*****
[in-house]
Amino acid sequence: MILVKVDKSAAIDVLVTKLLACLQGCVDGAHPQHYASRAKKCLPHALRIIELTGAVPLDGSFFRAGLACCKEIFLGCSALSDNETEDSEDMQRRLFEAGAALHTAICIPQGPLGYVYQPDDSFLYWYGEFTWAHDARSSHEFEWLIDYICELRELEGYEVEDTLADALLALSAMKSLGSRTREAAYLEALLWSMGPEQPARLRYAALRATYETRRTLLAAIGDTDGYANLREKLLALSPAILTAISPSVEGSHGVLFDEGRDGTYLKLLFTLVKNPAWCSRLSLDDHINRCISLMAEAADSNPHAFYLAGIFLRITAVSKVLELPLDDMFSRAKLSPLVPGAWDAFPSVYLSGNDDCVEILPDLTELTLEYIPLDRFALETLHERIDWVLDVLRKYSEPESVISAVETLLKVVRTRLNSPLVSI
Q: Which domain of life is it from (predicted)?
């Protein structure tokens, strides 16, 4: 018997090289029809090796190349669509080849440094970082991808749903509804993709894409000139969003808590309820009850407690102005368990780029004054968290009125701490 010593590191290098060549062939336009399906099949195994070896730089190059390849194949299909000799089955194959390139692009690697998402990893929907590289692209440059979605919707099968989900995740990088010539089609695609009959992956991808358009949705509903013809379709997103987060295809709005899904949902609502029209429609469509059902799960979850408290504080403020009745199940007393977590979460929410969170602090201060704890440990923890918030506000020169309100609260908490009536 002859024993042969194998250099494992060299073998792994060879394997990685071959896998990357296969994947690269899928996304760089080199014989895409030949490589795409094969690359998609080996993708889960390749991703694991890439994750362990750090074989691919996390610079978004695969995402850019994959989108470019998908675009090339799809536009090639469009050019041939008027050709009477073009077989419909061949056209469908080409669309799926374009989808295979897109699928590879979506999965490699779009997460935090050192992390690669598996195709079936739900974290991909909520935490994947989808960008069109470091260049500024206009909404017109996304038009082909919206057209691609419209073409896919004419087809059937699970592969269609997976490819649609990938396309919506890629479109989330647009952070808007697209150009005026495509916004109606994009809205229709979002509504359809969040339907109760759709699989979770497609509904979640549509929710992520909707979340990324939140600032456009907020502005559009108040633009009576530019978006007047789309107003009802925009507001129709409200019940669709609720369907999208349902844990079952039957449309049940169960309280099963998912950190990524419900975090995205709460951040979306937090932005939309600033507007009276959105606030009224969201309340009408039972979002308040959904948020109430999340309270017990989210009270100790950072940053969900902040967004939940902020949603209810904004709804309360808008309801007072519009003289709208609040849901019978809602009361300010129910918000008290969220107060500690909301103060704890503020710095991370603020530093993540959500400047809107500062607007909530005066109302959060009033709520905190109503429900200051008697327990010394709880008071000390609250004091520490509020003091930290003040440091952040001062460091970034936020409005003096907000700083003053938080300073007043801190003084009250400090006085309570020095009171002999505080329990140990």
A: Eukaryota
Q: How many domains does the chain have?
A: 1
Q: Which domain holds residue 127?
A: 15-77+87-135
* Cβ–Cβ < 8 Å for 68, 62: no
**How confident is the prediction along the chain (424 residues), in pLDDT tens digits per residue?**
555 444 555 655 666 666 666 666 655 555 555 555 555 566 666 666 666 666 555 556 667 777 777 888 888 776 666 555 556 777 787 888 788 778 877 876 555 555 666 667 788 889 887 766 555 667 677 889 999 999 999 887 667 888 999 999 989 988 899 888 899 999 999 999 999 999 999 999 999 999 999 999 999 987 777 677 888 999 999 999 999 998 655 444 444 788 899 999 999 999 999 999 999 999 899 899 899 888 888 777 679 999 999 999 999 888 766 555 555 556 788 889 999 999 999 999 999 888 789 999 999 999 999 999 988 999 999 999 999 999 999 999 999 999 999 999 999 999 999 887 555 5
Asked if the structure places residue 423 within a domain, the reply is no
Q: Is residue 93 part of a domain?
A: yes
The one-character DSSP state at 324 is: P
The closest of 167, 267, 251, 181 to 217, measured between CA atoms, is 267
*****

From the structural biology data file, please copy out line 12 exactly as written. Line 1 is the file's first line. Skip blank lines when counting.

555 444 555 655 666 666 666 666 655 555 555 555 555 566 666 666 666 666 555 556 667 777 777 888 888 776 666 555 556 777 787 888 788 778 877 876 555 555 666 667 788 889 887 766 555 667 677 889 999 999 999 887 667 888 999 999 989 988 899 888 899 999 999 999 999 999 999 999 999 999 999 999 999 987 777 677 888 999 999 999 999 998 655 444 444 788 899 999 999 999 999 999 999 999 899 899 899 888 888 777 679 999 999 999 999 888 766 555 555 556 788 889 999 999 999 999 999 888 789 999 999 999 999 999 988 999 999 999 999 999 999 999 999 999 999 999 999 999 999 887 555 5